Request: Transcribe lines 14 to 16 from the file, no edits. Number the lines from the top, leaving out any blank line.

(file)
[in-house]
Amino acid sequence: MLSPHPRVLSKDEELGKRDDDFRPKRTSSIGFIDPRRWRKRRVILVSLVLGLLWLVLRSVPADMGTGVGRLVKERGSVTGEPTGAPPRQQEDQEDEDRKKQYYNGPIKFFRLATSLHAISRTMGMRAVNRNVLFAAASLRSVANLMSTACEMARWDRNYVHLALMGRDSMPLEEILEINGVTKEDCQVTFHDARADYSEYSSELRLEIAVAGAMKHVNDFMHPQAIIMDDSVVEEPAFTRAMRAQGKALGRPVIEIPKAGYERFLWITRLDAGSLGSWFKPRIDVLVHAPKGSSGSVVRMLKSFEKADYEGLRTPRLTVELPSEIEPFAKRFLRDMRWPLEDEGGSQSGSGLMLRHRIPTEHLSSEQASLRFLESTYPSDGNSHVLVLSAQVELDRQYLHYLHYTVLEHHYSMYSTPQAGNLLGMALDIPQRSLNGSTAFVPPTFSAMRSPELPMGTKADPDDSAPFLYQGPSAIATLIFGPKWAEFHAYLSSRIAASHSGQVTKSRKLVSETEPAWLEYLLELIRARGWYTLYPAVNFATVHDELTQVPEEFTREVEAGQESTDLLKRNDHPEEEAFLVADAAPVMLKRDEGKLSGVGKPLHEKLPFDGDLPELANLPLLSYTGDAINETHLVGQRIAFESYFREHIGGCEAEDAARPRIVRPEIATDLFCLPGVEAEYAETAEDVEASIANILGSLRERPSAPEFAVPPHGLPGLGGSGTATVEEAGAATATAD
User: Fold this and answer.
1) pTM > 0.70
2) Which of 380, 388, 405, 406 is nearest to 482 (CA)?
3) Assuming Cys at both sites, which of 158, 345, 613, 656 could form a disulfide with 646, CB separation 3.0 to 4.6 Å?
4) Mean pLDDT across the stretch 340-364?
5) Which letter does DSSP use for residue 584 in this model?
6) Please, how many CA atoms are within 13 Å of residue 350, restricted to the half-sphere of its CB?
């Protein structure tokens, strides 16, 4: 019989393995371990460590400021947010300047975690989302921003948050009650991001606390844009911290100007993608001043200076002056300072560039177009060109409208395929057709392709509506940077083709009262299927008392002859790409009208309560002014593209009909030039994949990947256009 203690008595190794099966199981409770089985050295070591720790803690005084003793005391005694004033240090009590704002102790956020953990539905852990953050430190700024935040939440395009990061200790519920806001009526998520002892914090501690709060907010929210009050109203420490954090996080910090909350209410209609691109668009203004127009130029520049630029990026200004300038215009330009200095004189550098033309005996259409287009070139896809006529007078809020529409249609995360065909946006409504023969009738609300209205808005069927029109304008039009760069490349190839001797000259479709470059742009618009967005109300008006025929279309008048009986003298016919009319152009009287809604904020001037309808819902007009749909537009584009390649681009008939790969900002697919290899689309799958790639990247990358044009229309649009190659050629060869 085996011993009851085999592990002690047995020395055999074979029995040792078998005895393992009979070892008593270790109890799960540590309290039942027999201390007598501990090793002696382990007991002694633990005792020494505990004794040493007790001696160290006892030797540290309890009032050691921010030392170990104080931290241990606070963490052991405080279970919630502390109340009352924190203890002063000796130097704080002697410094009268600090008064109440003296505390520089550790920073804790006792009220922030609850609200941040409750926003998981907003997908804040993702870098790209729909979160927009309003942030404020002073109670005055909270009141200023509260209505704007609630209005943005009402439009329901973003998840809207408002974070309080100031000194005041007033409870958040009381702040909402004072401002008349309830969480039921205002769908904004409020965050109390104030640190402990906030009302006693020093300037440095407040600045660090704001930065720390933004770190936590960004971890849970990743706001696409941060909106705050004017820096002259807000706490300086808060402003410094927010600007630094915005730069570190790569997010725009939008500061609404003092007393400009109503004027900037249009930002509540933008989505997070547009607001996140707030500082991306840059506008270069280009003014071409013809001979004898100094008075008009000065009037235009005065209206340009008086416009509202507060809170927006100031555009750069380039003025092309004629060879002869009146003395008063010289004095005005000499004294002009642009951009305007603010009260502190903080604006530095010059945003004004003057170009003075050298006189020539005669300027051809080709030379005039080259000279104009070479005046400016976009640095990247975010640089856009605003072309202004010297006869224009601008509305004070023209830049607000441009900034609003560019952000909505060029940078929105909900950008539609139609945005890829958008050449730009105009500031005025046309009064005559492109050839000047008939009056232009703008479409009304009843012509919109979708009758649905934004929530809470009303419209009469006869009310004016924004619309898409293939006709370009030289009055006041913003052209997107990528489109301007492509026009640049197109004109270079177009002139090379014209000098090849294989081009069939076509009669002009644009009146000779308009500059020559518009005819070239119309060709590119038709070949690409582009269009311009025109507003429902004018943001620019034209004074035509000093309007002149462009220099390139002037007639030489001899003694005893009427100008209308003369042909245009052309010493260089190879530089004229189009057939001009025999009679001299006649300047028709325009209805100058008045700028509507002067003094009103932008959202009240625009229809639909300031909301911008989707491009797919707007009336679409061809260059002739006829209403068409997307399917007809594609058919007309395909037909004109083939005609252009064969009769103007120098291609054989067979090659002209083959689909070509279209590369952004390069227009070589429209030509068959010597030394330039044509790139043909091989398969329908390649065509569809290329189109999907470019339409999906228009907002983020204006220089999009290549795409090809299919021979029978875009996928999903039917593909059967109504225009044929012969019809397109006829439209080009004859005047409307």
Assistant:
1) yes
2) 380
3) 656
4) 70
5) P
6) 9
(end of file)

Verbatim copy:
3) 656
4) 70
5) P